Health Guide
Drug Guide

Dong quai

What is it?

Dong quai is an herbal medicine used mostly as a female tonic and elixir. It is used to treat menstrual problems, for premenstrual syndrome, menopause, and to strengthen the uterus to prepare for pregnancy.

Other names for Dong quai include: Angelica sinensis, Angelica atropurpurea, and Chinese Angelica.

Ask your doctor, nurse, or pharmacist if you need more information about this medicine or if any information in this leaflet concerns you.

Before Using:

Tell your doctor if you


Talk with your caregiver about how much Dong quai you should take. The amount depends on the strength of the medicine and the reason you are taking Dong quai. If you are using this medicine without instructions from your caregiver, follow the directions on the medicine bottle. Do not take more medicine or take it more often than the directions tell you to.

To store this medicine:

Keep all medicine locked up and away from children. Store medicine away from heat and direct light. Do not store your medicine in the bathroom, near the kitchen sink, or in other damp places. Heat or moisture may cause the medicine to break down and not work the way it should work. Throw away medicine that is out of date or that you do not need. Never share your medicine with others.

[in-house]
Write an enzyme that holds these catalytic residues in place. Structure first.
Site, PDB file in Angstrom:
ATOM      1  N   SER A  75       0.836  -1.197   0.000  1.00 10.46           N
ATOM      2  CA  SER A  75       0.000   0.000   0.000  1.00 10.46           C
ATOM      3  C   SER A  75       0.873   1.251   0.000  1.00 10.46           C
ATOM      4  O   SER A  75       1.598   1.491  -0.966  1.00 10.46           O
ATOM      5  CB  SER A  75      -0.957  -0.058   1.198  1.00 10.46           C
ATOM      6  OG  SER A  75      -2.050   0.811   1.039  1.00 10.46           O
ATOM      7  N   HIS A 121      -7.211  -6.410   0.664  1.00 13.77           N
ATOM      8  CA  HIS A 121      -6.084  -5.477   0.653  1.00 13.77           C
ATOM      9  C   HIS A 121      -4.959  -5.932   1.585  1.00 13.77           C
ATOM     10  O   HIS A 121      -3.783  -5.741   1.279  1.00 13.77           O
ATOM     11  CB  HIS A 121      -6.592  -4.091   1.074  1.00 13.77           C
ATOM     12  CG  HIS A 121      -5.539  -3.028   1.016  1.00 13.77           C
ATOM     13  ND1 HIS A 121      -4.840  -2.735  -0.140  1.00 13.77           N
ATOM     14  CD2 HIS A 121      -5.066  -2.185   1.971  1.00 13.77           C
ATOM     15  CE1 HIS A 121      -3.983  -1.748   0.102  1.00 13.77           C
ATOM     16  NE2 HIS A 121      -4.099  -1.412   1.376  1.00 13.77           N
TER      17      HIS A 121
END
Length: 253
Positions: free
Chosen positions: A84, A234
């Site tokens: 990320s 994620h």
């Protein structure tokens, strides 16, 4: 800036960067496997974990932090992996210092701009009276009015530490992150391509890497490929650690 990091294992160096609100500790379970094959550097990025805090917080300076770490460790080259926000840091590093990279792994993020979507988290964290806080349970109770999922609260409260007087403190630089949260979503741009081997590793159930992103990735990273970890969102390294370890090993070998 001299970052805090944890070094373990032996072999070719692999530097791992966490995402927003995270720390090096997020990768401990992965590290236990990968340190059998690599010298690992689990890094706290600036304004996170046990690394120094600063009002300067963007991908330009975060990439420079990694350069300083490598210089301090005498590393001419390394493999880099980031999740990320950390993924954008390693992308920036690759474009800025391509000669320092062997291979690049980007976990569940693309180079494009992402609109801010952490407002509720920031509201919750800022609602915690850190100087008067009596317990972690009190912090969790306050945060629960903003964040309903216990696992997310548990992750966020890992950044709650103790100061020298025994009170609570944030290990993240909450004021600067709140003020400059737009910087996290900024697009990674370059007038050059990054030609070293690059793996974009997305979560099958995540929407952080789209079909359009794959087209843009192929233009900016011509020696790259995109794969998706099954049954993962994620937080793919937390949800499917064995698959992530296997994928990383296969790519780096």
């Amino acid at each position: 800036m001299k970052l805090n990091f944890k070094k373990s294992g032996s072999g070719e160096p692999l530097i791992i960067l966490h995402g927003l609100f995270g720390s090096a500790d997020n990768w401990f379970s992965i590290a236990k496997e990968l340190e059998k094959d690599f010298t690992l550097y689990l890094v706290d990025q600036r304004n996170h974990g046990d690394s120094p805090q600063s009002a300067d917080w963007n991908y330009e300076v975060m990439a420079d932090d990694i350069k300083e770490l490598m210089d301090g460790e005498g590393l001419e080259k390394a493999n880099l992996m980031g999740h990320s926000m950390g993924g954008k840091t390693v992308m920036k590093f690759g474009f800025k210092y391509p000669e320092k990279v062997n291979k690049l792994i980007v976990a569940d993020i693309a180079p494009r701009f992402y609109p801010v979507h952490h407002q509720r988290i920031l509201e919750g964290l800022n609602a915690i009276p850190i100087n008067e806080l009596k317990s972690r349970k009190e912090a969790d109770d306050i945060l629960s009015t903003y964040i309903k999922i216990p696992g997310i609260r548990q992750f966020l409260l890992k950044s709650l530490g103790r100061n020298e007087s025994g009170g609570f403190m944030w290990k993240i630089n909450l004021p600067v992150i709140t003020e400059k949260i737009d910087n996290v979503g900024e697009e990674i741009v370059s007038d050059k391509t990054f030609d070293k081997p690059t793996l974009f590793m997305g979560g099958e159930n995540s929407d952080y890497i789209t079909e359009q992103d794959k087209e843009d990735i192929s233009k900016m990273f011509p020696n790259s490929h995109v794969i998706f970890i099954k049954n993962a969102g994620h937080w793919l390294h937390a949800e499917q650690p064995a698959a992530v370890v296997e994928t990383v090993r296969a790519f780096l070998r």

Drug and Food Interactions:

Do not take Dong quai without talking to your doctor first if you are taking:


Side Effects:

Call your doctor right away if you have any of these side effects:

Other Side Effects:

You may have the following side effects, but this medicine may also cause other side effects. Tell your doctor if you have side effects that you think are caused by this medicine.


1. Tyler VE: Rejuvex for postmenopausal symptoms. JAMA 1994; 271(15): 1210.

2. Zhu DPQ: Dong Quai. Amer J Chin Med 1987; 15(3-4):117-125.

3. Page RL & Lawrence JD: Potentiation of warfarin by dong quai. Pharmacotherapy 1999; 19(7):870-876.

4. Tyler VE: The Honest Herbal. A Sensible Guide to Herbs and Related Remedies. George F. Stickley Company, Philadelphia, PA, 1982.

5. Junjie T & Huaijun H: Effects of Radix Angelicae Sinensis on hemorrheology in patients with acute ischemic stroke. J Tradit Chin Med 1984; 4:225-228.

Last Updated: 9/15/2016

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